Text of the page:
But the infatuation with numbers runs even deeper than that. Non-Chinese are always lumped together as undifferentiated minorities – occasionally under the illusion that they form a coherent “ethnic minority community” – to show that even at their mightiest they can have but little influence. The media commentary that followed the passing of the law last week didn’t focus on how racism deprives people of liberty, and it skipped over the fact that racial discrimination is just plain wrong. Instead it waffled on about a provision in the bill whereby so few non-Chinese speakers could ask for such expensive translations in their own language, in particular situations.

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Human Rights for Tomorrow

30 April 2008

The Persistence of Discrimination

March against discriminations . . . by youkeo, with Creative Commons licenceDiscrimination isn’t always obvious, and it’s often explained away as something else. Racial discrimination becomes a matter of ‘unsuitability’, social discrimination becomes a lack of proper ‘skills’, discrimination against people with disabilities becomes an attempt to redefine what’s ‘normal’. There are even situations in which the very possibility of discrimination is rejected because ‘that sort of thing doesn’t happen here’. That’s hardly a logical position, but there’s no real defence against it.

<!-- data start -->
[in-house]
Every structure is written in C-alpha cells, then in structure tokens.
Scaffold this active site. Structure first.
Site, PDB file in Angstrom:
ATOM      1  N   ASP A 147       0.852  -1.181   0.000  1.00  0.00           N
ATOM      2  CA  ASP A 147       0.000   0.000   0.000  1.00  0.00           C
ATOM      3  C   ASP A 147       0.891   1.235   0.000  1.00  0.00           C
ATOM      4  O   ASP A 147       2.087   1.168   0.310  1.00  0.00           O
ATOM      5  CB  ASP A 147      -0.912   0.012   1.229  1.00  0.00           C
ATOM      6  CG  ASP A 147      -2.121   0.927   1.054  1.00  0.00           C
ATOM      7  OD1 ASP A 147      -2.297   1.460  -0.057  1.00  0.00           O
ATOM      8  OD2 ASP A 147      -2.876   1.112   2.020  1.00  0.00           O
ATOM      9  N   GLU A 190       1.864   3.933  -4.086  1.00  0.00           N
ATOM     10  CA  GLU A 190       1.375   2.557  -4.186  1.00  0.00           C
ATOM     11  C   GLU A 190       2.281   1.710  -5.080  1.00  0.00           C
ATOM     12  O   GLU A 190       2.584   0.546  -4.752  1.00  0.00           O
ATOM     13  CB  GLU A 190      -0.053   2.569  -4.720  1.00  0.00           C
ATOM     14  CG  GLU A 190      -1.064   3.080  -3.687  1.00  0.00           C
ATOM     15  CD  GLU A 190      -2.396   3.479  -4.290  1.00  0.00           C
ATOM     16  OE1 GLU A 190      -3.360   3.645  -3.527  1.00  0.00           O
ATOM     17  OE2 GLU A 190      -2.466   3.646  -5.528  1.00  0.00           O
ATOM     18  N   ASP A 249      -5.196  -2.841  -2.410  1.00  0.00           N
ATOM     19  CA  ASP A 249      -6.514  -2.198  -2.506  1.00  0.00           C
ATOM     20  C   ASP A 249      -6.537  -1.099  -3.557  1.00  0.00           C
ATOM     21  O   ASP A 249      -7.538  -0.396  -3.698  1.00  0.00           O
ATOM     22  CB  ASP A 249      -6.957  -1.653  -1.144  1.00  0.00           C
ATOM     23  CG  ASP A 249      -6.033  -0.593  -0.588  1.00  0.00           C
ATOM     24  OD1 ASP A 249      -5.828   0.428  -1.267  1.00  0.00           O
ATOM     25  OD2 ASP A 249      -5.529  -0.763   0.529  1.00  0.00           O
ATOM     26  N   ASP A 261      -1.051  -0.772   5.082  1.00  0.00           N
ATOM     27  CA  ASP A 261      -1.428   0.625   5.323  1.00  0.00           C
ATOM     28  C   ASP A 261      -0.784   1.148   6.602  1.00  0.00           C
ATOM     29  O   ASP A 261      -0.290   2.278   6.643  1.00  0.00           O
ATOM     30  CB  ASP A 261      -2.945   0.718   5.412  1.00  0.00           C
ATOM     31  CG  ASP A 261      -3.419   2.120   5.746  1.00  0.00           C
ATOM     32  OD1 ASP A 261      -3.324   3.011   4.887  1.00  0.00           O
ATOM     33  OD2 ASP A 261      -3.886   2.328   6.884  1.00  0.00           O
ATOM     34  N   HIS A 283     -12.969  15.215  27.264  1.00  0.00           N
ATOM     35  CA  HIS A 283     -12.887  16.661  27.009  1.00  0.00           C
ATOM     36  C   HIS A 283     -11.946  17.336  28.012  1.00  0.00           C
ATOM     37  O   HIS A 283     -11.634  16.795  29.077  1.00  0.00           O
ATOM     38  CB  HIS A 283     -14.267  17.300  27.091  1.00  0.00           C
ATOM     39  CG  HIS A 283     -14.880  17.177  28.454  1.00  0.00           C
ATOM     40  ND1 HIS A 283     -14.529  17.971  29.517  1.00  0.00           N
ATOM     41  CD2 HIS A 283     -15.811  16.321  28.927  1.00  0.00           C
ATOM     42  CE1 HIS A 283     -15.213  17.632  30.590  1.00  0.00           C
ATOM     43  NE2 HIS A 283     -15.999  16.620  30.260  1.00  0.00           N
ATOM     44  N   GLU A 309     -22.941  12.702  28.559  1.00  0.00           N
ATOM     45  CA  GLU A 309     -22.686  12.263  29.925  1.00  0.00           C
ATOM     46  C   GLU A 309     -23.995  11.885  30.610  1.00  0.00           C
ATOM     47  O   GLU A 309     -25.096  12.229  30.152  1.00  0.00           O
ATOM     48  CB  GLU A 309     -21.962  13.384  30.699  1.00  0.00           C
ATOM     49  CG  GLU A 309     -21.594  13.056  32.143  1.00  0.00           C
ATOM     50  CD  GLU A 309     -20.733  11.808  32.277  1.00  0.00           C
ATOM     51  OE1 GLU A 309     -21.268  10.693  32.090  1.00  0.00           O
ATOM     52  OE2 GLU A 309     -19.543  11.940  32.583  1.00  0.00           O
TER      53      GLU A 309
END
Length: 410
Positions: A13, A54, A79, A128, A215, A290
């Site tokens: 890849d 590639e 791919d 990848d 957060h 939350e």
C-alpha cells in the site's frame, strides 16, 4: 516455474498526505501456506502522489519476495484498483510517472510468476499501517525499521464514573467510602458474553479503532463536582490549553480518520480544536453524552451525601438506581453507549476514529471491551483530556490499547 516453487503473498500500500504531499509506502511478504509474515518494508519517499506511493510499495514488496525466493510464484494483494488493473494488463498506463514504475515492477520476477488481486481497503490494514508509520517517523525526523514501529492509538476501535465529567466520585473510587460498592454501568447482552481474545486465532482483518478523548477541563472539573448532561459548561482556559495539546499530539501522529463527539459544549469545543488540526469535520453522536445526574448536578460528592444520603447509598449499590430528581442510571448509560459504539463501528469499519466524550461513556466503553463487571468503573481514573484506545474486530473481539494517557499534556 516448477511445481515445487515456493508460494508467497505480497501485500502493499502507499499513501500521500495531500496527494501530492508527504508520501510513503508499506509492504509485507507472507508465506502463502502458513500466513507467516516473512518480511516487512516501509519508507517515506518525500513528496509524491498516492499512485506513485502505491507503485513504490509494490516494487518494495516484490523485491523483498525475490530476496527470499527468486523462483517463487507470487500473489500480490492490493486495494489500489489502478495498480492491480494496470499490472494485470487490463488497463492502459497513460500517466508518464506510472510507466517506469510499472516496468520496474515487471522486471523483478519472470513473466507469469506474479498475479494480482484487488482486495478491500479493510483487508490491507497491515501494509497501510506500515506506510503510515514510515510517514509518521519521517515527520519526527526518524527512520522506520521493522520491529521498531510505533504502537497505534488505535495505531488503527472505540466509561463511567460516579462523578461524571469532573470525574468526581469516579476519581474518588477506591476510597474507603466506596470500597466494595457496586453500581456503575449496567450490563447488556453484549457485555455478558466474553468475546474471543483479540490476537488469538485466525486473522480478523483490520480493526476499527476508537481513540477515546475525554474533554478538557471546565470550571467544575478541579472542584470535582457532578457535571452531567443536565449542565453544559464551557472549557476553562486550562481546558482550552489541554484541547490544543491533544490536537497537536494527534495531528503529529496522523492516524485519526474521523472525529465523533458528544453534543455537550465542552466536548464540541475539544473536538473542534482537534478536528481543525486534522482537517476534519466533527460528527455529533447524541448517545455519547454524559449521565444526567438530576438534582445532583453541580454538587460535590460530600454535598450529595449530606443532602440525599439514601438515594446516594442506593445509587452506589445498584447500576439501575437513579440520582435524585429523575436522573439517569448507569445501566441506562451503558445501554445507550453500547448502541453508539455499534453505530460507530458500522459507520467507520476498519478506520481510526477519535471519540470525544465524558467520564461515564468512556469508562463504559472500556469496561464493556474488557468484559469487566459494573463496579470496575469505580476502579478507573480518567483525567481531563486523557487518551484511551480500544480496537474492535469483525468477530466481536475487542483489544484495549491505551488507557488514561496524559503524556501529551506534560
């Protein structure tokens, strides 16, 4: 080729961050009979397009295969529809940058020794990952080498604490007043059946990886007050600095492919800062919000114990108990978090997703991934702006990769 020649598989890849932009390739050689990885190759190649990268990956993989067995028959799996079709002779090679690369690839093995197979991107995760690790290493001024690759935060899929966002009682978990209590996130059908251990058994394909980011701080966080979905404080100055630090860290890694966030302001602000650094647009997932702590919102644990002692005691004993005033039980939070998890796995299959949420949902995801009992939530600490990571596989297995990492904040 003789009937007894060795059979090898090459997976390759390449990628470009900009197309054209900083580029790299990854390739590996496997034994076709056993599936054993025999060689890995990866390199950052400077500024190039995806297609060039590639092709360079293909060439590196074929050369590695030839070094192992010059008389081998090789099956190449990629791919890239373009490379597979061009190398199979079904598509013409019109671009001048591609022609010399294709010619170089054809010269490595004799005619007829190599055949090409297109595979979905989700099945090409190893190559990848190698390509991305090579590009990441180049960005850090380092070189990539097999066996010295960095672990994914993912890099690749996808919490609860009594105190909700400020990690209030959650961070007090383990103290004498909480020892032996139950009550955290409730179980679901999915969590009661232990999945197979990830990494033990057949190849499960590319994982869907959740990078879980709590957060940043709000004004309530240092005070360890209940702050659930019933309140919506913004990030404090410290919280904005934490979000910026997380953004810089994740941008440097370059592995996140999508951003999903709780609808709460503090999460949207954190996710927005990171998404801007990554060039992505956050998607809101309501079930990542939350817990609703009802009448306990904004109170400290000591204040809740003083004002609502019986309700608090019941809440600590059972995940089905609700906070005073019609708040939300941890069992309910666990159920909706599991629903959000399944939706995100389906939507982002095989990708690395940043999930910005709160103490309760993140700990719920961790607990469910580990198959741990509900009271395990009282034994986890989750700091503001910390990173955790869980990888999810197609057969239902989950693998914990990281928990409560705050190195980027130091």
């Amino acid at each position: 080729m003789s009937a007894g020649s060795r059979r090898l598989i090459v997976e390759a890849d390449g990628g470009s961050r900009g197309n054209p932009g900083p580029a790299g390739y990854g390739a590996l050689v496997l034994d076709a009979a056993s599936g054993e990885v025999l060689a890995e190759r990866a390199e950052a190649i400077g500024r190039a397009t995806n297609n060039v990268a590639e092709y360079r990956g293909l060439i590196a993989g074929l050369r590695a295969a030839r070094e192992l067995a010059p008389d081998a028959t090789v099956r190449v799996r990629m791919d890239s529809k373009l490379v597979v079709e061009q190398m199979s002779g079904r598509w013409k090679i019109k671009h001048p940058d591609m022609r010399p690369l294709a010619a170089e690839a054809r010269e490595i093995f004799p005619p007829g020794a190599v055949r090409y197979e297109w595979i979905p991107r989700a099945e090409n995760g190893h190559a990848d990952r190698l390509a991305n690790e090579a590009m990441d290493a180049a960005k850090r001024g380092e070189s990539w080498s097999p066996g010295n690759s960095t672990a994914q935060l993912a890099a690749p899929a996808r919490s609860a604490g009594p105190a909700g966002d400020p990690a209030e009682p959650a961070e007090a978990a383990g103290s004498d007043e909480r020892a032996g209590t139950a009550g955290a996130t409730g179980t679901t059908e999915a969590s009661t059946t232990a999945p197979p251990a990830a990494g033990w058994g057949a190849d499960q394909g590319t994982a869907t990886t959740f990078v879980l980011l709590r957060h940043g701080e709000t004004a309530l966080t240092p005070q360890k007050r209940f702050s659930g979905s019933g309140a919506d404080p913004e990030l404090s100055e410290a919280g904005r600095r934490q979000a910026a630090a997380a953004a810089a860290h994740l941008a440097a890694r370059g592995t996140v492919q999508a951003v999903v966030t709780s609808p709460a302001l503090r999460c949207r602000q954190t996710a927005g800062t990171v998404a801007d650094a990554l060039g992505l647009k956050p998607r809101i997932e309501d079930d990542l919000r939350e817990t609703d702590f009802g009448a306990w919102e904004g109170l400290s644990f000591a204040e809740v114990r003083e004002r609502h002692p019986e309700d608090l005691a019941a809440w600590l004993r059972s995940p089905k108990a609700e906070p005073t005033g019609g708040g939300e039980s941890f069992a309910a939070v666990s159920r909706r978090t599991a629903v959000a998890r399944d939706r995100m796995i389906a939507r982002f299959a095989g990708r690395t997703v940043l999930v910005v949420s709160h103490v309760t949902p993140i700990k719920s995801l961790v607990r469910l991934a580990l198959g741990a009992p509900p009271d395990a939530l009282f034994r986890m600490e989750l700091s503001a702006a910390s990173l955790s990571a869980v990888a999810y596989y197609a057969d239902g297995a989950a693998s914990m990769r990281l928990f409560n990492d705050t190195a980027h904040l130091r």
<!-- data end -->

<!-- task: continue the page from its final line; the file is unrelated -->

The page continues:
What can you say to someone whose mindset fails to accept the presence of discrimination at all? To give an example mentioned here previously, how do we react to the Hong Kong government’s refusal to even address, in law, acts of racial discrimination outside the workplace? Long-standing claims by the Chief Executive that his government’s policies are “people-based” clearly depend on what sort of person you are – your skin colour, your wealth, whether or not you’re prepared to be critical.

But Hong Kong is just a dot on the map when it comes to the many forms of discrimination, both covert and overt, that deny human rights around the globe. A world that has nourished discrimination based on race, class, sex, perceived ability and any other deviation from a shifting sense of ‘normality’ will always throw up barriers to change, to the natural right to be treated as a fellow human, without fear or favour. Still, even as the struggle for human rights continues there is one area in which discrimination could well be stamped on before it properly takes hold – genetics.